“Winning, becoming champion, is the only thing that counts,” he said. “But I’ve been like that all my life. There is nobody who can be more critical than me because I want to win everything.

    “Everybody who knows me from when I was a child, whether it was basketball, tennis or table tennis or whatever sport, I want to win. I made a lot of fights with my wife about that, that I wanted that mentality with my children because I did it with them also.

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    “It’s also because of that that you can be successful and you can win trophies and have these exciting moments that will stay with you for the rest of your life. That is what Rangers is about and that’s why I love to be here.”

    Clement galvanised Rangers earlier in the season after replacing Michael Beale in October.

    Asked what he would say to supporters who fear the resurgence is fizzling out, the Belgian said: “The same thing I said in October. I think this team since October did improve in results, in attitude and resilience, and in six months they proved it several times.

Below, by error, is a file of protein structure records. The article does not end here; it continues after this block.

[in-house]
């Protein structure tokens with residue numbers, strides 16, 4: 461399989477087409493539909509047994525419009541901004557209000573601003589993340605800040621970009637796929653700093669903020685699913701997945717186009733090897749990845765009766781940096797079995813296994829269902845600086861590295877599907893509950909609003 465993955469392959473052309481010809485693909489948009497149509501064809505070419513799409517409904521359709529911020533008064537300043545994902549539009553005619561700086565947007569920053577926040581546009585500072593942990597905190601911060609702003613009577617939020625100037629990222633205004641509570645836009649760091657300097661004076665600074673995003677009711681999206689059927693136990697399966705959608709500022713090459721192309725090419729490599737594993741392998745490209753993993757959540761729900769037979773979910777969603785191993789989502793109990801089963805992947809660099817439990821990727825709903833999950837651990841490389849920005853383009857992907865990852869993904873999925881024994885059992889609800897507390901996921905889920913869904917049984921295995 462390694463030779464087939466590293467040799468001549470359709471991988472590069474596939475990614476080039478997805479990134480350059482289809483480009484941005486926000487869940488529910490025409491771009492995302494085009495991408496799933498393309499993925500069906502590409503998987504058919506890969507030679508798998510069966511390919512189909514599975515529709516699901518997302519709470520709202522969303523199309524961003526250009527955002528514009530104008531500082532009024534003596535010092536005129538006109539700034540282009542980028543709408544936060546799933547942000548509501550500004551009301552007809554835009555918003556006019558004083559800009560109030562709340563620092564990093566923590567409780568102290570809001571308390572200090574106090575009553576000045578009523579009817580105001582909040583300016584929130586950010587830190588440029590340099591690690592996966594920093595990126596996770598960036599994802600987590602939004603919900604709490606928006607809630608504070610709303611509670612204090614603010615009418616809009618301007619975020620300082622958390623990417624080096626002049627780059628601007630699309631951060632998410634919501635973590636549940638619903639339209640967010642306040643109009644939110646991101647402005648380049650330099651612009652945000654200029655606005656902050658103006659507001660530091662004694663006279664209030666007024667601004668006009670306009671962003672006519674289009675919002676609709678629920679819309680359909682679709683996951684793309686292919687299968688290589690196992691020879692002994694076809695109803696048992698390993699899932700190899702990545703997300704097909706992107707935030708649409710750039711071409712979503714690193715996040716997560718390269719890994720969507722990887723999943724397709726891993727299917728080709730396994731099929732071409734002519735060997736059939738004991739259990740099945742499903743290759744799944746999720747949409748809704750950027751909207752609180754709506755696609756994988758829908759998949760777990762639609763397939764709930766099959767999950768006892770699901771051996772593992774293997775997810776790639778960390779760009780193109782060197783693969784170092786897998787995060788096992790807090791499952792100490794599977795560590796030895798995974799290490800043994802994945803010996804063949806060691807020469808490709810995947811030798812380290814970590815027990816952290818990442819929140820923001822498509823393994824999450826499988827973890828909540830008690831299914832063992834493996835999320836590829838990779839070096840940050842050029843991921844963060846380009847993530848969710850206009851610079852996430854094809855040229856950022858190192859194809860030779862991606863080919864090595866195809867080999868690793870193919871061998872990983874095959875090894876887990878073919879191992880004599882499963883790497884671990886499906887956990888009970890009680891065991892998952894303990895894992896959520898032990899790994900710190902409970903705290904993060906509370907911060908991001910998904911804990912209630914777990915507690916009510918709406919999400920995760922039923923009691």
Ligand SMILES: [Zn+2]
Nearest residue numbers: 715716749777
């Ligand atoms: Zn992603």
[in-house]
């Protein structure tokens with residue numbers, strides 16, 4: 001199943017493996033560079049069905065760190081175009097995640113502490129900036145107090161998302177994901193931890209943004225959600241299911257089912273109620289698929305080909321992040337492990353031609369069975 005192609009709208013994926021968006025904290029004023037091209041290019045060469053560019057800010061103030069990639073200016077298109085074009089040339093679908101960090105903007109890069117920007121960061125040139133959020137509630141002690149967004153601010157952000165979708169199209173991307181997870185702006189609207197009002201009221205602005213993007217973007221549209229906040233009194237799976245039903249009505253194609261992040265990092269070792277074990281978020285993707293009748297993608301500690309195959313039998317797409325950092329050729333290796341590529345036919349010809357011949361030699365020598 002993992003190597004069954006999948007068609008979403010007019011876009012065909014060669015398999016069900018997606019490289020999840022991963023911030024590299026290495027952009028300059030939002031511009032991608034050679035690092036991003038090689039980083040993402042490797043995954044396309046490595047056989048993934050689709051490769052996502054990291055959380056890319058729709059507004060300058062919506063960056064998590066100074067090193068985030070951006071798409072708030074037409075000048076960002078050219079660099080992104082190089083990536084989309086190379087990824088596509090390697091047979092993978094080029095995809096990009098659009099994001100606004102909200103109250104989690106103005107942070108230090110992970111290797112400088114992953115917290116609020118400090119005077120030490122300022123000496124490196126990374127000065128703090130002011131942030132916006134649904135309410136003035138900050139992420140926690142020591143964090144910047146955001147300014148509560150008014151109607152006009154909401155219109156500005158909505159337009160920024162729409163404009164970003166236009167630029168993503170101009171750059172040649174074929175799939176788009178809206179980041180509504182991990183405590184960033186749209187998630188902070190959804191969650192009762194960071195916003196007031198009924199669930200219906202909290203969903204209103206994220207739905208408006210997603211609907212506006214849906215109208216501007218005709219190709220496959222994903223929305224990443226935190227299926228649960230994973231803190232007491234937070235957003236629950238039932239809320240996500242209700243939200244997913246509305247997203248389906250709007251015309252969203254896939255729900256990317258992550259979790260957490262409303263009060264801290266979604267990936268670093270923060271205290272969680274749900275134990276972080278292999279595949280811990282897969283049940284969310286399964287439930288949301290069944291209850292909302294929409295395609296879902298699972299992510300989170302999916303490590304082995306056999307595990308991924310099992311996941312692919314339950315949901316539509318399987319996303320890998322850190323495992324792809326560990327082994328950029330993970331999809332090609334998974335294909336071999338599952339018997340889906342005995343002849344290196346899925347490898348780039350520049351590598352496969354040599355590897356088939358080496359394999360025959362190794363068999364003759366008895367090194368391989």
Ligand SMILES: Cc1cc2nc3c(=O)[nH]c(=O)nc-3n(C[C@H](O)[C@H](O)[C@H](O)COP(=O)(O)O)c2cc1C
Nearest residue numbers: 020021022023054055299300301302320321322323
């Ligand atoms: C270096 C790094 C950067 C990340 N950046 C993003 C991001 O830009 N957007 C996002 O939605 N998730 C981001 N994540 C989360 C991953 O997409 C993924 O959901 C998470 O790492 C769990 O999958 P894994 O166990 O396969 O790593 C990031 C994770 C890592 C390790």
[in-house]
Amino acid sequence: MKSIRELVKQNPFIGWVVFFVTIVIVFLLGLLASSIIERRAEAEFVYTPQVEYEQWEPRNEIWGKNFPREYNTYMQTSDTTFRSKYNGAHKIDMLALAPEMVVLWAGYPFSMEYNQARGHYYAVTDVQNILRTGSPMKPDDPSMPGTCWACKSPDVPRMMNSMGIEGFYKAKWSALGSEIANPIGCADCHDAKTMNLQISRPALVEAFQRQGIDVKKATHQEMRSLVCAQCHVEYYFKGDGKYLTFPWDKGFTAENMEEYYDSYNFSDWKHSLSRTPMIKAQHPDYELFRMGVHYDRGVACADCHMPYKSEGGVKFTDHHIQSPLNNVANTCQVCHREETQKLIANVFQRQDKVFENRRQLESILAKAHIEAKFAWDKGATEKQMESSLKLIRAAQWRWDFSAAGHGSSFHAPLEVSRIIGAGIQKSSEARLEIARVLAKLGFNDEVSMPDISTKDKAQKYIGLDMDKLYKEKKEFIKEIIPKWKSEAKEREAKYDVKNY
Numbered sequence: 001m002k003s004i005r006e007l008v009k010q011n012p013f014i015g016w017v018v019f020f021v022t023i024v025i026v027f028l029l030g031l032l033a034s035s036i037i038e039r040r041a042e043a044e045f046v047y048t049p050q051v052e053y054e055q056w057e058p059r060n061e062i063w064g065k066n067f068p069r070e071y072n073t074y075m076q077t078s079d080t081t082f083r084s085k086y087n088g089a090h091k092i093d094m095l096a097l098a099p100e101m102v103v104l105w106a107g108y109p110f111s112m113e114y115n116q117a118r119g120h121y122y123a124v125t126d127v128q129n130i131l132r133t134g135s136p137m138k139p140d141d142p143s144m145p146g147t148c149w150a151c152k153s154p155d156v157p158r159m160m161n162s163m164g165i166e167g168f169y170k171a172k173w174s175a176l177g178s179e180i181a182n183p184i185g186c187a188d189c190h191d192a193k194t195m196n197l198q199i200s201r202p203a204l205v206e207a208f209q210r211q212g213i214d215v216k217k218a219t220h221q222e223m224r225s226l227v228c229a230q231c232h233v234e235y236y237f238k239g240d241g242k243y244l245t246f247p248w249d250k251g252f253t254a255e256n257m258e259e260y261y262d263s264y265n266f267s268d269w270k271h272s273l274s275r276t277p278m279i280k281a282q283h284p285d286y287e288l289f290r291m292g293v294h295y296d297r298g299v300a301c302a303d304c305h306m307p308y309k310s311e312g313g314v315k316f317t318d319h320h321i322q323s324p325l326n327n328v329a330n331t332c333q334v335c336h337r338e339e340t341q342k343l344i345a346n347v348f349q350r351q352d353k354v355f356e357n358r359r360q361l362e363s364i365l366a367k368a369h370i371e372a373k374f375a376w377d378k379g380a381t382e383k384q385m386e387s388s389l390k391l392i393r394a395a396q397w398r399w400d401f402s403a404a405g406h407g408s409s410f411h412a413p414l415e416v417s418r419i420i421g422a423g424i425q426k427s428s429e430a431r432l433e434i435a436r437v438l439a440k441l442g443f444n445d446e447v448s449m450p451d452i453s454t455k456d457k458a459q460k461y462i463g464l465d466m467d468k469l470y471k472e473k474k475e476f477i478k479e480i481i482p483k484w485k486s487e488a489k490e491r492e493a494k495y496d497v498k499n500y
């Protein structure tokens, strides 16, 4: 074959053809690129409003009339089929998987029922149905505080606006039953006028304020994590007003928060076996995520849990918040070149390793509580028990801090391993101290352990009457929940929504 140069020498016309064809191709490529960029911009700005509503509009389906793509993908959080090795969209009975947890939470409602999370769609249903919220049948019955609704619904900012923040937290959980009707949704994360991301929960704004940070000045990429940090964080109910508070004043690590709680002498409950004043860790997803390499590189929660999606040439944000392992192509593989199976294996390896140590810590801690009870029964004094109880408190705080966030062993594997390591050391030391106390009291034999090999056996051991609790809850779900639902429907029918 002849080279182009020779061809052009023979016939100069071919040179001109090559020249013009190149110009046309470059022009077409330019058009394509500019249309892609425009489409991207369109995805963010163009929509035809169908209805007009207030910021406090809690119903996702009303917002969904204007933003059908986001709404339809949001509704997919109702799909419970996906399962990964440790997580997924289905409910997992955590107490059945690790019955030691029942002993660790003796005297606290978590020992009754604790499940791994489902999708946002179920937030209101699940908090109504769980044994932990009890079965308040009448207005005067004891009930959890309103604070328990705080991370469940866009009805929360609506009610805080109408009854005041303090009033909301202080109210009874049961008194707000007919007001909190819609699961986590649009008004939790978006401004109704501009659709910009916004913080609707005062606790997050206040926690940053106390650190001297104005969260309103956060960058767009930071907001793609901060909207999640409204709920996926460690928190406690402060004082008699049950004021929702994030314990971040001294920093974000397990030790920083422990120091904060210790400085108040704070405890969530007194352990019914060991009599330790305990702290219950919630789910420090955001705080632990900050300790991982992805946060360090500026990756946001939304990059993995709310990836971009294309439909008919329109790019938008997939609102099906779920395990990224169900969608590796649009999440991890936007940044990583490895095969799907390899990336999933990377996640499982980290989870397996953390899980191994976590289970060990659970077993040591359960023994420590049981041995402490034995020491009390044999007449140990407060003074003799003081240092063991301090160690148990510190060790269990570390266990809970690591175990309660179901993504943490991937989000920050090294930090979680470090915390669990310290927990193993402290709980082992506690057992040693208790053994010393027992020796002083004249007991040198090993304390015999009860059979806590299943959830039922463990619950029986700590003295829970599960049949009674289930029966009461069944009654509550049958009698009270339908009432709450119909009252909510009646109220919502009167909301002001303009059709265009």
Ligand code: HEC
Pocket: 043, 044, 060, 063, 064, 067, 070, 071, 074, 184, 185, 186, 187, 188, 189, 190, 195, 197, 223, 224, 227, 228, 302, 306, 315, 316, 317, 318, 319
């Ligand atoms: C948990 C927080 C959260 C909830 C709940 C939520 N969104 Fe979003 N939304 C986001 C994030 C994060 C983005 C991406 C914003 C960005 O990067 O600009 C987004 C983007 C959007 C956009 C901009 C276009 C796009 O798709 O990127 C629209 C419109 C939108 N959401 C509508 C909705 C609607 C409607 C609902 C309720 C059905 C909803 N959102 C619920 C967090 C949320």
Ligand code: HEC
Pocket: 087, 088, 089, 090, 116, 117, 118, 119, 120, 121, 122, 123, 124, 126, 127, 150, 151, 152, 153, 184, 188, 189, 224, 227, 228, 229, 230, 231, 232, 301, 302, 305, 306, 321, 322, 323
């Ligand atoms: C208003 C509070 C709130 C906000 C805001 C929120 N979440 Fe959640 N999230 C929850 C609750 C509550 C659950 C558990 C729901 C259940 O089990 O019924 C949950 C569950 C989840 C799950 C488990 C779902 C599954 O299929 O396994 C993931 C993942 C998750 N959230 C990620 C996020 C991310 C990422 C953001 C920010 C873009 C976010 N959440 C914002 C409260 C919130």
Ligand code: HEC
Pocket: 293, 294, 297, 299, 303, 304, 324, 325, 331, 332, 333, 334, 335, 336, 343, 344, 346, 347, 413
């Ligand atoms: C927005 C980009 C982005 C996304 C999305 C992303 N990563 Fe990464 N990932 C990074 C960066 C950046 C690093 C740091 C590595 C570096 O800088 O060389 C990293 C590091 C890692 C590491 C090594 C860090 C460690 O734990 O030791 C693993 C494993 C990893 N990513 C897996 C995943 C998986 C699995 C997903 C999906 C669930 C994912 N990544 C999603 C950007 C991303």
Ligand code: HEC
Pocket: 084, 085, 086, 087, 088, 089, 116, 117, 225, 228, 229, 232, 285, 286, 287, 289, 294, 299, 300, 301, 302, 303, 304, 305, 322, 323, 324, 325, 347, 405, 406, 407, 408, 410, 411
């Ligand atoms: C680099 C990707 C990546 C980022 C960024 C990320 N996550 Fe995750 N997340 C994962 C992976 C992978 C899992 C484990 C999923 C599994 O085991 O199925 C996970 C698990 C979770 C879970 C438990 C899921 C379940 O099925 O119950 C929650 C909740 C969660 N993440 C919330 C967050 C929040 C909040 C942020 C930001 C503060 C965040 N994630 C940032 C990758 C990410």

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    In a more positive update, Guardiola confirmed playmaker Kevin De Bruyne “feels well” having been taken off during extra time against Real for nothing more serious than exhaustion.

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    He said: “It’s normal with the amount of games we are playing this season and the previous seasons and not much recovery, and extra time and high intensity.

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    The agonising penalty shoot-out defeat by Real ended City’s hopes of winning the treble for a second season in succession.

    Yet they remain on course to repeat the domestic double and Guardiola is determined to bounce back from the midweek heartache.

    He said: “We don’t have another option. I don’t want us to feel sorry for ourselves.

    “In football, you lose games. We performed at our best and we were not able to win. You have to accept it.

    “We did everything. We know it, they know it, all the world know it, but it was not enough. When it’s not enough, it’s bad night.

    “So congratulations (to Real) and, tomorrow, FA Cup.”